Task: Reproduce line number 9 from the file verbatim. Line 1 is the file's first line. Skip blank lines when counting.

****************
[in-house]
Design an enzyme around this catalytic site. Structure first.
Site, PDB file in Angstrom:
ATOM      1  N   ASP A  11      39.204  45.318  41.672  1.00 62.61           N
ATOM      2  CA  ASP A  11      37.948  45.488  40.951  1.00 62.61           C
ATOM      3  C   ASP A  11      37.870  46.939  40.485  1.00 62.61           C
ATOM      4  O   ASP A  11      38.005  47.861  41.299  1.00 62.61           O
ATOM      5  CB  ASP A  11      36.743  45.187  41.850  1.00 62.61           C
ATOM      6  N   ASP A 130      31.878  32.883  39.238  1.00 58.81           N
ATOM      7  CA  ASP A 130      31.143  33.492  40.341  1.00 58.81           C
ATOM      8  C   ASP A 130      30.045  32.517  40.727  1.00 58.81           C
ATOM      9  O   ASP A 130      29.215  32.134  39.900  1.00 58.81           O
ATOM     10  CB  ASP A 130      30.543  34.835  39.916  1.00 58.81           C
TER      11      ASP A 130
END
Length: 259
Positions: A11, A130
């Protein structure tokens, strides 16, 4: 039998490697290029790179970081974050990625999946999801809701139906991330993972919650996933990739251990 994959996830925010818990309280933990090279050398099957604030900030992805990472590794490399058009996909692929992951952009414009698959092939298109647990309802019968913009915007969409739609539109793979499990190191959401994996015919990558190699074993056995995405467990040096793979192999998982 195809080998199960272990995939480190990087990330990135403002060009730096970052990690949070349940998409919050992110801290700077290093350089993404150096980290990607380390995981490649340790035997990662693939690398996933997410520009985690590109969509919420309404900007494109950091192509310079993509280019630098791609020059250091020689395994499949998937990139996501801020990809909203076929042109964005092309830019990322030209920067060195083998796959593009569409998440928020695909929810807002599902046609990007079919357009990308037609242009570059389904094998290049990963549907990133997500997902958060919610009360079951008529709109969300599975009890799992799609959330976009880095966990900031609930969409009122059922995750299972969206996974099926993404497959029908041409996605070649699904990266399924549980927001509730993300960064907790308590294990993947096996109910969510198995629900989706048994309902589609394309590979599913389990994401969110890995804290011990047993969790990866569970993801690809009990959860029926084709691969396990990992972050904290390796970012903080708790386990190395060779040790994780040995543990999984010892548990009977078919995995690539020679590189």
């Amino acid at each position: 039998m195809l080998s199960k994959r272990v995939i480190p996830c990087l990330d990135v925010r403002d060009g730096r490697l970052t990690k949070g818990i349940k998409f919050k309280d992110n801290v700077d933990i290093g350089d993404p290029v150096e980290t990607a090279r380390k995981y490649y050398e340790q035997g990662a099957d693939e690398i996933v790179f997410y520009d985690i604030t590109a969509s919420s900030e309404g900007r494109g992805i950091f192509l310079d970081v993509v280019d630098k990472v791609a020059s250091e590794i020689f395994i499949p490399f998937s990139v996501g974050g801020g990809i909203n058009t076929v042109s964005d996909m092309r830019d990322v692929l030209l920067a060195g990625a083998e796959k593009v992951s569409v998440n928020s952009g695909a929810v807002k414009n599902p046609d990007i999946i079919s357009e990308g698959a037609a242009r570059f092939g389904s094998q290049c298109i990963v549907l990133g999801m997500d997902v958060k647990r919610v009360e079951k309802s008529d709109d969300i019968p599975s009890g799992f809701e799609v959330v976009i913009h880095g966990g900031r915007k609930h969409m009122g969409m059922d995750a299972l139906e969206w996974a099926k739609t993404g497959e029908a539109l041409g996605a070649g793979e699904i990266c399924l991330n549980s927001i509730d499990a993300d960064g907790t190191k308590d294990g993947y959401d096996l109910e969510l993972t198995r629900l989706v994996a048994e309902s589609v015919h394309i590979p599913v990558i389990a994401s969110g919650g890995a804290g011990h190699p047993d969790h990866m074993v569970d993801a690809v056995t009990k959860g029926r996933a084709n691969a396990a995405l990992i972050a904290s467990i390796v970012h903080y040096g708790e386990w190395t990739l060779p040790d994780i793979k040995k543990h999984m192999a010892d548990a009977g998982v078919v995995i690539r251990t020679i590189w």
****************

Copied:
ATOM      6  N   ASP A 130      31.878  32.883  39.238  1.00 58.81           N